Superior Court Judge Walter P. Schwarm Tuesday ordered the County of Orange to give Voice of OC emails between Supervisor Todd Spitzer and a former county information officer about Spitzer’s handcuffing an evangelist at a Wahoo’s Fish Taco restaurant.

“… the Respondent (county) has not carried its burden of showing that the public interest in nondisclosure clearly outweighs the public interest in disclosure,” Schwarz wrote in his memorandum of intended decision, which will become final in a few weeks.

Voice of OC Publisher Norberto Santana praised the decision saying “credit goes to Judge Schwarm for upholding the public’s right to know and clearly reinforcing the notion that the public has the right to review all communications between elected officials and the bureaucracy.”

Voice of OC attorney Kelly Aviles said “hopefully in the future the county will take the public interest more seriously when considering whether to release records.”

Spitzer told a Voice of OC reporter the county would release a statement about the judge’s decision Wednesday. Spitzer also said in a text message he wanted to release the opinion piece “but I was advised at the time by (former county Public Information Manager) Jean Pasco not to do so.”

The emails and a draft opinion piece (Op-Ed) about the citizen’s arrest written by Spitzer, but never made public, are expected to be turned over to Voice of OC when the decision is final in the next few weeks. The county tried to keep the emails and Op-Ed confidential claiming the “deliberative process” privilege exempted the documents from the California Public Records Act.

Spitzer handcuffed the evangelist, Jeovany Castellano, at Wahoo’s in Foothill Ranch on April 3, 2015.

Voice of OC sought the emails and Op-Ed through a public records request but was forced to file the law suit when the county refused to make them public. The Board of Supervisors then voted to fight the lawsuit.

The emails are between Spitzer, who said after the incident he felt threatened by the evangelist, and Pasco. The draft opinion piece apparently is Spitzer’s insights into what happened.

In another section of the Voice of OC law suit against the county, the judge ruled staff emails and documents related to a Boys Town contract on an April 14, 2015 agenda could remain confidential as part of the government “deliberative process privilege.”

As part of his ruling, Schwarm wrote disclosing that information “could have the effect of undermining the Board of Supervisors ability to perform its functions by discouraging the flow of information to an elected official necessary to make an informed decision.”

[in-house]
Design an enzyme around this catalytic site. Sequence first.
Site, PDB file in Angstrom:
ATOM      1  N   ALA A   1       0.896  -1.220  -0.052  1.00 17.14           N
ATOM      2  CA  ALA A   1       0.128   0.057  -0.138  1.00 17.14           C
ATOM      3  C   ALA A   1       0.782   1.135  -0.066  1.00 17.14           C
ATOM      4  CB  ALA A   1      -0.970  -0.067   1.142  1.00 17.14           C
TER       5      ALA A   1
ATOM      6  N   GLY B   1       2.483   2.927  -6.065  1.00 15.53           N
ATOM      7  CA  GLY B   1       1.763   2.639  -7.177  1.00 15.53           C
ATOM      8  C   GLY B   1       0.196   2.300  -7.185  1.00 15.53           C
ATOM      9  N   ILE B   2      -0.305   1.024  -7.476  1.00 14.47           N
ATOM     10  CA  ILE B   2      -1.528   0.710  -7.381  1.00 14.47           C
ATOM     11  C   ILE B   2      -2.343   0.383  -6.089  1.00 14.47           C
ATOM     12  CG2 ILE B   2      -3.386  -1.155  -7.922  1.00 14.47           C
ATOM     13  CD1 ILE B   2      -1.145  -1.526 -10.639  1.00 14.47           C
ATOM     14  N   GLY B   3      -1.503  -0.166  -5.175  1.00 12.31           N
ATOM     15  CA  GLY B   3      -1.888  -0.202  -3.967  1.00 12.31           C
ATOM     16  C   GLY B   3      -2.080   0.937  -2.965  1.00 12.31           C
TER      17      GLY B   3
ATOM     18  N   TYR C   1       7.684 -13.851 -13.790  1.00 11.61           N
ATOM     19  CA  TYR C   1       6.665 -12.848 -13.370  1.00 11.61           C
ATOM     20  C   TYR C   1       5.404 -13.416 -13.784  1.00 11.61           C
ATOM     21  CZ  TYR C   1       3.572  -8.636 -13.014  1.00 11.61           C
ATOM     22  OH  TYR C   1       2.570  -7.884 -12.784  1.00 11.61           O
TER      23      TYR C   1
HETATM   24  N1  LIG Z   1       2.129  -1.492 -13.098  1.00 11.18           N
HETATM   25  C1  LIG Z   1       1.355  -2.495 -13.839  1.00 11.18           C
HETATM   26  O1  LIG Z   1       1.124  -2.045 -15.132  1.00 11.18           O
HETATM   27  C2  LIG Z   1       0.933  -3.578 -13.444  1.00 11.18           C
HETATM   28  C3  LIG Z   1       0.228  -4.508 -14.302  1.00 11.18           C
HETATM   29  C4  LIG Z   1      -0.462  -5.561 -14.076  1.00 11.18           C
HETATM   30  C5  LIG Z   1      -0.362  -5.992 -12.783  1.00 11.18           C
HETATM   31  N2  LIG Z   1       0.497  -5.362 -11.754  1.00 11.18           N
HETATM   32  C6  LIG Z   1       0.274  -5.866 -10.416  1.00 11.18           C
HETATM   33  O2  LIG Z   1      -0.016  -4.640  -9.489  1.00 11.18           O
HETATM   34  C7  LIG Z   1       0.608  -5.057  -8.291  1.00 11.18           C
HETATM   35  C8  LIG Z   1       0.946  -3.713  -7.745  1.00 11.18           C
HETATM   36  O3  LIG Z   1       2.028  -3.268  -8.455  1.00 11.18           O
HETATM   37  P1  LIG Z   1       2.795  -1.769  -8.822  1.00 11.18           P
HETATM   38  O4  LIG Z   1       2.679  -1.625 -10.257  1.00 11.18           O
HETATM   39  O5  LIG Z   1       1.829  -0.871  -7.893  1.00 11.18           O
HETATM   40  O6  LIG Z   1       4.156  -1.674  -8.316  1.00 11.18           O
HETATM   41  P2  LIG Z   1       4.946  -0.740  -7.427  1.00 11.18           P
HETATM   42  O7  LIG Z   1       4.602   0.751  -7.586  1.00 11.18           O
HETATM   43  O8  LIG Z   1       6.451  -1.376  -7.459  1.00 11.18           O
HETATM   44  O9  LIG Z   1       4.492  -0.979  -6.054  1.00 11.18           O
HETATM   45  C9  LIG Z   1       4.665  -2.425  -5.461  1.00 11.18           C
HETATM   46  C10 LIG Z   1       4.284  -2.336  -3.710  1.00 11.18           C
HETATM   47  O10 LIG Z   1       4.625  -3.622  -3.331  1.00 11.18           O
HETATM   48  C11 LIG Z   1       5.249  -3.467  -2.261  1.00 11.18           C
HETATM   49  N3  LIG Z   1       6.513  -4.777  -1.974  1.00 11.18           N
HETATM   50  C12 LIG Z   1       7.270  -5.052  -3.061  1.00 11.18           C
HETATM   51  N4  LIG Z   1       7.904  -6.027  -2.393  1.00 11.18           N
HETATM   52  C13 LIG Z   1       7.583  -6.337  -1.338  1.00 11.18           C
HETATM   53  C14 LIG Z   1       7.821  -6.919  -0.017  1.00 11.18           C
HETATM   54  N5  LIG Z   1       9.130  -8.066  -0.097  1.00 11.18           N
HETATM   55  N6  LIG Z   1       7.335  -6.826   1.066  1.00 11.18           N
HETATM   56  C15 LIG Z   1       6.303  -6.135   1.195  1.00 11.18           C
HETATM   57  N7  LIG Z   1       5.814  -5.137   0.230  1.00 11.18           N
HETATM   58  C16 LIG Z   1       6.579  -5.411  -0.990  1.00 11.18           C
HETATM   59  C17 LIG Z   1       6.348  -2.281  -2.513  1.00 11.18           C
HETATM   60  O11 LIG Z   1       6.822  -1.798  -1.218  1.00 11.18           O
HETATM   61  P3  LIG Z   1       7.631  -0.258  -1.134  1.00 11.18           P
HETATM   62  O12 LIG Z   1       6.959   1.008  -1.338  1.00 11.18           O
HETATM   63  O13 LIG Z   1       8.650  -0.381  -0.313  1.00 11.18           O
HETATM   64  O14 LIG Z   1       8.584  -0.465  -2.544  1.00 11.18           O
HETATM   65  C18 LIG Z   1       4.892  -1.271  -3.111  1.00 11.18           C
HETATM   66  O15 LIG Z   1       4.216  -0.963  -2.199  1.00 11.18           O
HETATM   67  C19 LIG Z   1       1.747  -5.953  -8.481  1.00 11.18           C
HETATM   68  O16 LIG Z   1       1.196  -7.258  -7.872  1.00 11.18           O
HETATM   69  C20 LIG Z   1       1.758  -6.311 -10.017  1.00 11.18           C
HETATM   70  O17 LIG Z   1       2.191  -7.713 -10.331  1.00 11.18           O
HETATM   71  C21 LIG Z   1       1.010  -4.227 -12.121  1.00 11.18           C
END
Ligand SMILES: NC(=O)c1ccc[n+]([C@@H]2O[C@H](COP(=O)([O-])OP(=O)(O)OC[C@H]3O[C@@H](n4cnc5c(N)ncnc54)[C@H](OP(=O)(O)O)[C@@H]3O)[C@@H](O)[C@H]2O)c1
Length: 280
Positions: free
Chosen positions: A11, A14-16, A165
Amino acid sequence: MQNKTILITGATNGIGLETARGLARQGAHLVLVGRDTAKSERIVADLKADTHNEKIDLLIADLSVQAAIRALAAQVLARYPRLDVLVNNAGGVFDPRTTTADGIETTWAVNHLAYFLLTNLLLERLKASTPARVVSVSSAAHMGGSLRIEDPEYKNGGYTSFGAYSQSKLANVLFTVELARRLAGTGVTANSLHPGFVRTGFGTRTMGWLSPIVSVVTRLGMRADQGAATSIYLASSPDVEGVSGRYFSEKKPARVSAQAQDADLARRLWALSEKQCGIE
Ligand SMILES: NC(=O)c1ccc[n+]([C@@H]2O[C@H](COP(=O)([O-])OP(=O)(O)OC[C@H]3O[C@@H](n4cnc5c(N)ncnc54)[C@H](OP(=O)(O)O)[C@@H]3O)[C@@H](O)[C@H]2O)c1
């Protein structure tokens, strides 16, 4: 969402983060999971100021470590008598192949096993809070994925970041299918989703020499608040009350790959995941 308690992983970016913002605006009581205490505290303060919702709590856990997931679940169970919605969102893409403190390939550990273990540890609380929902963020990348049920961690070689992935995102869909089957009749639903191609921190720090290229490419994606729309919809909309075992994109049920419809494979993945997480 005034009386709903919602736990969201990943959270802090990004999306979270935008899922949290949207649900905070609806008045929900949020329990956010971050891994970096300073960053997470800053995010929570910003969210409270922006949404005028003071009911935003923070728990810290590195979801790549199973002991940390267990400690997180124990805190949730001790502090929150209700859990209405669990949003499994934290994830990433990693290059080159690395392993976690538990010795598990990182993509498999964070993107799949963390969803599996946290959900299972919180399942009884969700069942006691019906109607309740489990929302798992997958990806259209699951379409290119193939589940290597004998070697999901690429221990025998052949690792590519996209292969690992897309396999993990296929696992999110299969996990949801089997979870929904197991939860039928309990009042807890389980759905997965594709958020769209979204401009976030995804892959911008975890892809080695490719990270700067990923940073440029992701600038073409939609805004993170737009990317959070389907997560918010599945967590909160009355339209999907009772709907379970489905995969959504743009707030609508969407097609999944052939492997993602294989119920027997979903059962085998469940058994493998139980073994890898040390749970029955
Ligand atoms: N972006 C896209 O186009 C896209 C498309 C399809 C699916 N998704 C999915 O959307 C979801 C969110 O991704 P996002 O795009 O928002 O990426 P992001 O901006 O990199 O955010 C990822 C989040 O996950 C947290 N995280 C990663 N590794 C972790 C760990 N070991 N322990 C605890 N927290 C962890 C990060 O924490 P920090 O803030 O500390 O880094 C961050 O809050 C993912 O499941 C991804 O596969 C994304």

After his arrest of the evangelist, who worked at Boys Town, Spitzer reportedly pulled the Boys Town contract from the agenda, although it later was approved by the supervisors. The evangelist reportedly was let go from his job, but he hasn’t spoken with reporters.

Said Santana, “We will be studying the judge’s decision over the next few weeks and deciding our next course of action.”

Tuesday’s decision was the second time in three years Voice of OC successfully sued and won a case challenging county efforts to keep public records secret.

In February, 2014 Voice of OC won the release of numerous public records in connection with allegations of harassment against county government workers, including documents relating to the investigation into former county Public Works executive Carlos Bustamante, who was charged in 2012 with committing multiple sex crimes against women who worked for him.

Underlying the issues in the Voice of OC suit is California’s 64-year-old Ralph M. Brown Act which set the ground rules for government agencies:

“In enacting this chapter, the Legislature finds and declares that the public commissions, boards and councils and the other public agencies in this State exist to aid in the conduct of the people’s business. It is the intent of the law that their actions be taken openly and that their deliberations be conducted openly. The people of this State do not yield their sovereignty to the agencies which serve them. The people, in delegating authority, do not give their public servants the right to decide what is good for the people to know and what is not good for them to know. The people insist on remaining informed so that they may retain control over the governing bodies they have created.”

You can contact Tracy Wood at and follow her on Twitter: @TracyVOC.

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